7 Types of Anxiety
In this type of anxiety, the brain’s basal ganglia (located in the center of the brain, near the stem) is overactive, resulting in someone who is constantly “on” and unable to relax. Symptoms of this type of anxiety include frequent feelings of nervousness or anxiety, as well as panic attacks and thus will be easily startles. People with anxiety will avoid people or places if they believe those factors bring on a panic attack. They will also have heightened muscle attention and thus possible headaches, sore muscles, and tremor; they may also experience a racing pulse, nausea, or dizziness. Outward physical symptoms may even extend to constant fingernail chewing or picking at the skin. They may also experience irrational fears and phobias, as well as chronic pessimism and conflict avoidance.
It is quite common for depression and anxiety to occur together – in fact it happens 75 percent of the time – so, many psychiatrists address anxiety as a form of depression. This can present as a constant mild sadness (dysthymia) all the way to crippling major depression – during which it is difficult to even get out of bed. Symptoms include persistent sad or negative mood, loss of interest in activities, restlessness, irritability, or excessive crying, feelings of guilt, worthlessness, helplessness, hopelessness, or pessimism. Depression patients may also sleep too much or too little, experience appetite changes and/or weight loss or weight gain, complain of physical ailments such as headaches, digestive problems, or chronic pain, or even experience thoughts of death or suicide (including actual suicide attempts). Depression may even include simple difficulty in concentrating, remembering, or making decisions and a constant feeling of being dissatisfied or bored.
This combination will bring on a mix of the symptoms for anxiety and depression.
Over focused Anxiety/Depression
Patients suffering from this issue have trouble shifting attention and therefore obsess on negative thoughts or behaviors, as well as anxiety. This is often the definition of obsessive-compulsive disorder. Other symptoms include phobias (irrational fears), eating disorders, posttraumatic stress disorder (PTSD), excessive or senseless worrying, anger when things do not happen as planned, tendency to oppose or argue, intense dislike for change, holding of grudges, inability to compromise.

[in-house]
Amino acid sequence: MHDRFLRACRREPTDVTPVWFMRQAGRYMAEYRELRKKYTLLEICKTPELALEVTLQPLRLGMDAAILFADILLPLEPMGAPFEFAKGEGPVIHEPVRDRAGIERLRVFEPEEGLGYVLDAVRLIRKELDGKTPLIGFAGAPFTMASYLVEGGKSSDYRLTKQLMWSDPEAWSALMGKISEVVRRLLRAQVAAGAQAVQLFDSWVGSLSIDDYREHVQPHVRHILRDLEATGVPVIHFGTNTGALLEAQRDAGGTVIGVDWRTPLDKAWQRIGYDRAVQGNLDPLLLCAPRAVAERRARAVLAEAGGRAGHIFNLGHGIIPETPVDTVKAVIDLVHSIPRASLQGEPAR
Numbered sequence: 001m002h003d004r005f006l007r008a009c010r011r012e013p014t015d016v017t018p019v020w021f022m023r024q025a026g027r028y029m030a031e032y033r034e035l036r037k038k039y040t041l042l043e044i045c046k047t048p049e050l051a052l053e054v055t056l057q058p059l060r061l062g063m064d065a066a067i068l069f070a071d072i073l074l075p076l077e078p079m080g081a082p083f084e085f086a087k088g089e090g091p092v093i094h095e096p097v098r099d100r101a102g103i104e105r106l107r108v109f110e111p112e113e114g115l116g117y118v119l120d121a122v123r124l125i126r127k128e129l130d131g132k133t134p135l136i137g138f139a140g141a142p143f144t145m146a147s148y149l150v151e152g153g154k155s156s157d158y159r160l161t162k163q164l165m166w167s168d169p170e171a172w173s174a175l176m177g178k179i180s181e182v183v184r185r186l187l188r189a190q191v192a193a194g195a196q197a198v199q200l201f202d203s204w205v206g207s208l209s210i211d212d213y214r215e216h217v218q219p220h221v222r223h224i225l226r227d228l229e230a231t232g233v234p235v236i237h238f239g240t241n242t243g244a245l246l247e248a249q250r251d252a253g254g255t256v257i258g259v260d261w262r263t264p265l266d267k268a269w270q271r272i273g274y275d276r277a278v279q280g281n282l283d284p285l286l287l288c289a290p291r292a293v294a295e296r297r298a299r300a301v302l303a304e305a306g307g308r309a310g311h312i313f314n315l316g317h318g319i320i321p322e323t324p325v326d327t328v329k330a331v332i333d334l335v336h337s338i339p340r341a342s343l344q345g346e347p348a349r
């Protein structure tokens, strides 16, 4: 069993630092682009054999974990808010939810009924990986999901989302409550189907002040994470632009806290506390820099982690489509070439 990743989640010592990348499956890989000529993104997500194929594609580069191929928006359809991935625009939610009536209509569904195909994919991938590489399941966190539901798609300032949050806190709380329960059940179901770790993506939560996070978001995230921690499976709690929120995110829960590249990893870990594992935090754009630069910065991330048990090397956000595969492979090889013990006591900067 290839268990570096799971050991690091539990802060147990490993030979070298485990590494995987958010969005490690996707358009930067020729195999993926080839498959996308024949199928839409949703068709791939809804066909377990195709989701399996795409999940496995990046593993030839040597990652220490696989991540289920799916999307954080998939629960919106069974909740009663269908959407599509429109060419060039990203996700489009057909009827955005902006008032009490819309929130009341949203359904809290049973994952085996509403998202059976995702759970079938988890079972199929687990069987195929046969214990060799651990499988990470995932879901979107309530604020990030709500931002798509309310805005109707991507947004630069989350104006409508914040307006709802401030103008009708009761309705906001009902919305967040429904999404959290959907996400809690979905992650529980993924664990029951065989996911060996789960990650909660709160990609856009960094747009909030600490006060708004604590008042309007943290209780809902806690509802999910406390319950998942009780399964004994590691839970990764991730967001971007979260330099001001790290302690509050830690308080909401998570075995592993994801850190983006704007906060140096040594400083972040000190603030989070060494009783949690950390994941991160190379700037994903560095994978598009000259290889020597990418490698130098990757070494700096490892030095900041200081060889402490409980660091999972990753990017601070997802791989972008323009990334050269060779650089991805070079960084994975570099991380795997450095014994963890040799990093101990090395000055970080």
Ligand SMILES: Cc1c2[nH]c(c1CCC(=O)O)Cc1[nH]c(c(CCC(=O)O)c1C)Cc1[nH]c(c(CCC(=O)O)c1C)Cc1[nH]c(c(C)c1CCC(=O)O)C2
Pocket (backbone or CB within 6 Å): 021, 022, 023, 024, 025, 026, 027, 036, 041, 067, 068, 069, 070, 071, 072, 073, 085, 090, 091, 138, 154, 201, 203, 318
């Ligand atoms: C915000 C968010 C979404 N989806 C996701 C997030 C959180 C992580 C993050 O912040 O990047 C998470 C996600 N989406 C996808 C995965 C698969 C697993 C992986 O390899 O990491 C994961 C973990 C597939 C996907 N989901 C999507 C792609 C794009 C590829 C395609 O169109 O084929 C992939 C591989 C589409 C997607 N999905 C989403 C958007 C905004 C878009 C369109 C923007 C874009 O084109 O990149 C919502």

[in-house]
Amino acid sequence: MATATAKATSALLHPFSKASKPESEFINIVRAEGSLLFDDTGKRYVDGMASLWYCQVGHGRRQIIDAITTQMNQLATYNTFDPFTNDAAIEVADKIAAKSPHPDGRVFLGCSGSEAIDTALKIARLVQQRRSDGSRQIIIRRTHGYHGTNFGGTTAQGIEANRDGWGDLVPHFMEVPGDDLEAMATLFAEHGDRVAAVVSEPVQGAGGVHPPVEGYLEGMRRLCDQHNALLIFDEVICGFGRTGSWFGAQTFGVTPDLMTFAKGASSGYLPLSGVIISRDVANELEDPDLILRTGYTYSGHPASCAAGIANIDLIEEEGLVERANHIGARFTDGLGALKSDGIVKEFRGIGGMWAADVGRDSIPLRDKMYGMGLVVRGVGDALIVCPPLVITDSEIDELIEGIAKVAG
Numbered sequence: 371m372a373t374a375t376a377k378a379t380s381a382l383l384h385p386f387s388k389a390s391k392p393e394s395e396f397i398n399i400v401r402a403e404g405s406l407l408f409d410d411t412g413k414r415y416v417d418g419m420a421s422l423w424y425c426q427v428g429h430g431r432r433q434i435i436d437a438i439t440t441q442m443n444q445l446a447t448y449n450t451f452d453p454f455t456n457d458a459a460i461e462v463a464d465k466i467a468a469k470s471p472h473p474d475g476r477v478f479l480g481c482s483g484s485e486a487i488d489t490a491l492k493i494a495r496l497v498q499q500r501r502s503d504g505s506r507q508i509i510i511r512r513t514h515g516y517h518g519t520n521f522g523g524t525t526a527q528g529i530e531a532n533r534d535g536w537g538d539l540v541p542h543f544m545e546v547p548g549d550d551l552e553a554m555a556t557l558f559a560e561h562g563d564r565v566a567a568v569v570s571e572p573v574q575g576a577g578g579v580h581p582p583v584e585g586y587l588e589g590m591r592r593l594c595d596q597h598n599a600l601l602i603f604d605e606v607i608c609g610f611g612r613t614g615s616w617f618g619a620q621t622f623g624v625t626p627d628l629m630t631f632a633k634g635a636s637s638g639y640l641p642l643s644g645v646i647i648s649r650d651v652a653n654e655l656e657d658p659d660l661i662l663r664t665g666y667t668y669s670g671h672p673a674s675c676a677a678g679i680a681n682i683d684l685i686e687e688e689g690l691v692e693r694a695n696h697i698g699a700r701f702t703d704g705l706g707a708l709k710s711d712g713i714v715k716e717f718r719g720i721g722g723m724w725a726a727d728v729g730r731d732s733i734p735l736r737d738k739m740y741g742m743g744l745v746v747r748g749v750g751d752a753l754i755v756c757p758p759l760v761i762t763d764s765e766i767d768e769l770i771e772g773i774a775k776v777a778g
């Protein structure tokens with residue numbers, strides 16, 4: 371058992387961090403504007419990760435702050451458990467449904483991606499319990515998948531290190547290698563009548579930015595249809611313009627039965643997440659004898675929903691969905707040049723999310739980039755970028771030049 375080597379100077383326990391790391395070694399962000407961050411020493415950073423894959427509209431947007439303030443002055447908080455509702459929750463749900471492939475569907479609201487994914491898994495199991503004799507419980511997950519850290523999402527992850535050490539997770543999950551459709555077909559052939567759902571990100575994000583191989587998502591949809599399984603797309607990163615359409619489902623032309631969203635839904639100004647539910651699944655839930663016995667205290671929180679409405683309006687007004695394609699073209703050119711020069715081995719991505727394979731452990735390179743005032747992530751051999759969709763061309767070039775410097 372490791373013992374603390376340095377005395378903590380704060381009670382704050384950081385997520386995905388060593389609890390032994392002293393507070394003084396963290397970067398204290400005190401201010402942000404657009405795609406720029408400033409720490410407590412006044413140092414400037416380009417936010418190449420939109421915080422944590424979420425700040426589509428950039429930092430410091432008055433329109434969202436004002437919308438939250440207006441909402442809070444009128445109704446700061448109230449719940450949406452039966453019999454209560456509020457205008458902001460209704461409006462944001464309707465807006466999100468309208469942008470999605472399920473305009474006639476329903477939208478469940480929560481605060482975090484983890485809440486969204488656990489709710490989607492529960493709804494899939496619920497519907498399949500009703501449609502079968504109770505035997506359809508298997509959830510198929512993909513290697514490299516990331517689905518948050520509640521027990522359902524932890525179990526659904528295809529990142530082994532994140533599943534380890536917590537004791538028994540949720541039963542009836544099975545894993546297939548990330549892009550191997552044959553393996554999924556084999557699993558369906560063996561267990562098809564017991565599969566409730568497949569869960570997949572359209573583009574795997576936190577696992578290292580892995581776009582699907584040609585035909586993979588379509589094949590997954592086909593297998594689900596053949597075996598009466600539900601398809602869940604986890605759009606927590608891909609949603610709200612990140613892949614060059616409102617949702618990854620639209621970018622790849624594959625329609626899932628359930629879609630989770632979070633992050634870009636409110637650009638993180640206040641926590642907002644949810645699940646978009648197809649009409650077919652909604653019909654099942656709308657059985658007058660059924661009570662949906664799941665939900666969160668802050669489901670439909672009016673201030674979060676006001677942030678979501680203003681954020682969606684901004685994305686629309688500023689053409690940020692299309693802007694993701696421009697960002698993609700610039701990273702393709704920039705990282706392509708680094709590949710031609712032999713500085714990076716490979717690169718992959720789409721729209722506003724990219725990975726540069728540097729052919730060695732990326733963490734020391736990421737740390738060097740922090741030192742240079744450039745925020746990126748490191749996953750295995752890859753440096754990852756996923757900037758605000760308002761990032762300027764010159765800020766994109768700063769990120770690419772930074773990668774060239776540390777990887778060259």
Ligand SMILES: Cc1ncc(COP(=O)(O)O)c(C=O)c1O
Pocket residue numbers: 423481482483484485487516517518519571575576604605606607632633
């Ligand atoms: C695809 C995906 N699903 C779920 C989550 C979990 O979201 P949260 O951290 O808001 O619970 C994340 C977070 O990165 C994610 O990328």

Temporal Lobe Anxiety Depression
This condition occurs when there is too little or too much activity in the temporal lobes of the brain and includes symptoms of depression and anxiety, as well as having a short fuse or extreme irritability, rage, spaciness or confusion, visual or auditory changes (seeing shadows or hearing muffled sounds), and déjà vu.
Sufferers of this type of depression experience short periods of excessive activity in the brain that sort of hijack the brain and take over the personality. Cyclical issues include bipolar disorder, cyclothymia, premenstrual tension syndrome, and panic attacks. Sufferers may also experience the symptoms of depression or anxiety as well as abnormally elevated, depressed or anxious moods, disrupted sleep patterns, grandiose notions, ideas or plans, increased talking or pressured speech, racing thoughts, increased energy, poor judgment and risky behavior, inappropriate social behavior, irritability or aggression, and delusional or psychotic thinking.
This type of depression effects the prefrontal cortex (PFC) in addition to high activity in the basal ganglia and/or deep limbic system and causes sufferers to have a hard time focusing or staying on task. This can be easily mistreated or diagnosed as ADD/ADHD. It includes symptoms of depression and anxiety, as well as trouble staying focused, spaciness, feeling overwhelmed, exhaustion, procrastination, chronic boredom, forgetfulness, unable to express feelings, a lack of empathy for others.